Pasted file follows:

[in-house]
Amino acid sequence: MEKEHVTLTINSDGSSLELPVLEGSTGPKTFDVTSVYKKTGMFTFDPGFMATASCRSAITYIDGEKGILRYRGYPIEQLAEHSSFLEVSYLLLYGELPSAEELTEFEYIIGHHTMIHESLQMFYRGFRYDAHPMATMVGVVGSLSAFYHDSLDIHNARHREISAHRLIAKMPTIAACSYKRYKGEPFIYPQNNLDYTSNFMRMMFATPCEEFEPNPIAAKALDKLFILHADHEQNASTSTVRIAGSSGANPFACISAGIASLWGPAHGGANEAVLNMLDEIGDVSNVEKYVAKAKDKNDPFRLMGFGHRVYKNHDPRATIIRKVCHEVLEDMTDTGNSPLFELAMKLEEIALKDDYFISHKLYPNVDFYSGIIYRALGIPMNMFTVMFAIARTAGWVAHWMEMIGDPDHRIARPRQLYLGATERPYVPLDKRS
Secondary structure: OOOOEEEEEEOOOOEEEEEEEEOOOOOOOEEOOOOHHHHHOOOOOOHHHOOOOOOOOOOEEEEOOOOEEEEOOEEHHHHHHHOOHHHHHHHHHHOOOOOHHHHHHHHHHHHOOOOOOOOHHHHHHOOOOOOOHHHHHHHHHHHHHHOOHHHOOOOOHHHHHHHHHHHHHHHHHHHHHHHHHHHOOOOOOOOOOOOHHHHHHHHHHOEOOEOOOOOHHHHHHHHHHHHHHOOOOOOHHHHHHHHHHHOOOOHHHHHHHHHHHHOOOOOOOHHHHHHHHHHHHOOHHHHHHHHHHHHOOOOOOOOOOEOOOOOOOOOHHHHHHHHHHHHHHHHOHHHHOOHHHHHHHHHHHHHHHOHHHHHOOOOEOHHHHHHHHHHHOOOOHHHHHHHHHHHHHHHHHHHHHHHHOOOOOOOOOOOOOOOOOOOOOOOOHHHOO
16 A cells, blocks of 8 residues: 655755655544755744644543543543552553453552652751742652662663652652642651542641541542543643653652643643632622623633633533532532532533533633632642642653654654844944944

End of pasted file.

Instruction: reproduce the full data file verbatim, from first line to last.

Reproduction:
[in-house]
Amino acid sequence: MEKEHVTLTINSDGSSLELPVLEGSTGPKTFDVTSVYKKTGMFTFDPGFMATASCRSAITYIDGEKGILRYRGYPIEQLAEHSSFLEVSYLLLYGELPSAEELTEFEYIIGHHTMIHESLQMFYRGFRYDAHPMATMVGVVGSLSAFYHDSLDIHNARHREISAHRLIAKMPTIAACSYKRYKGEPFIYPQNNLDYTSNFMRMMFATPCEEFEPNPIAAKALDKLFILHADHEQNASTSTVRIAGSSGANPFACISAGIASLWGPAHGGANEAVLNMLDEIGDVSNVEKYVAKAKDKNDPFRLMGFGHRVYKNHDPRATIIRKVCHEVLEDMTDTGNSPLFELAMKLEEIALKDDYFISHKLYPNVDFYSGIIYRALGIPMNMFTVMFAIARTAGWVAHWMEMIGDPDHRIARPRQLYLGATERPYVPLDKRS
Secondary structure: OOOOEEEEEEOOOOEEEEEEEEOOOOOOOEEOOOOHHHHHOOOOOOHHHOOOOOOOOOOEEEEOOOOEEEEOOEEHHHHHHHOOHHHHHHHHHHOOOOOHHHHHHHHHHHHOOOOOOOOHHHHHHOOOOOOOHHHHHHHHHHHHHHOOHHHOOOOOHHHHHHHHHHHHHHHHHHHHHHHHHHHOOOOOOOOOOOOHHHHHHHHHHOEOOEOOOOOHHHHHHHHHHHHHHOOOOOOHHHHHHHHHHHOOOOHHHHHHHHHHHHOOOOOOOHHHHHHHHHHHHOOHHHHHHHHHHHHOOOOOOOOOOEOOOOOOOOOHHHHHHHHHHHHHHHHOHHHHOOHHHHHHHHHHHHHHHOHHHHHOOOOEOHHHHHHHHHHHOOOOHHHHHHHHHHHHHHHHHHHHHHHHOOOOOOOOOOOOOOOOOOOOOOOOHHHOO
16 A cells, blocks of 8 residues: 655755655544755744644543543543552553453552652751742652662663652652642651542641541542543643653652643643632622623633633533532532532533533633632642642653654654844944944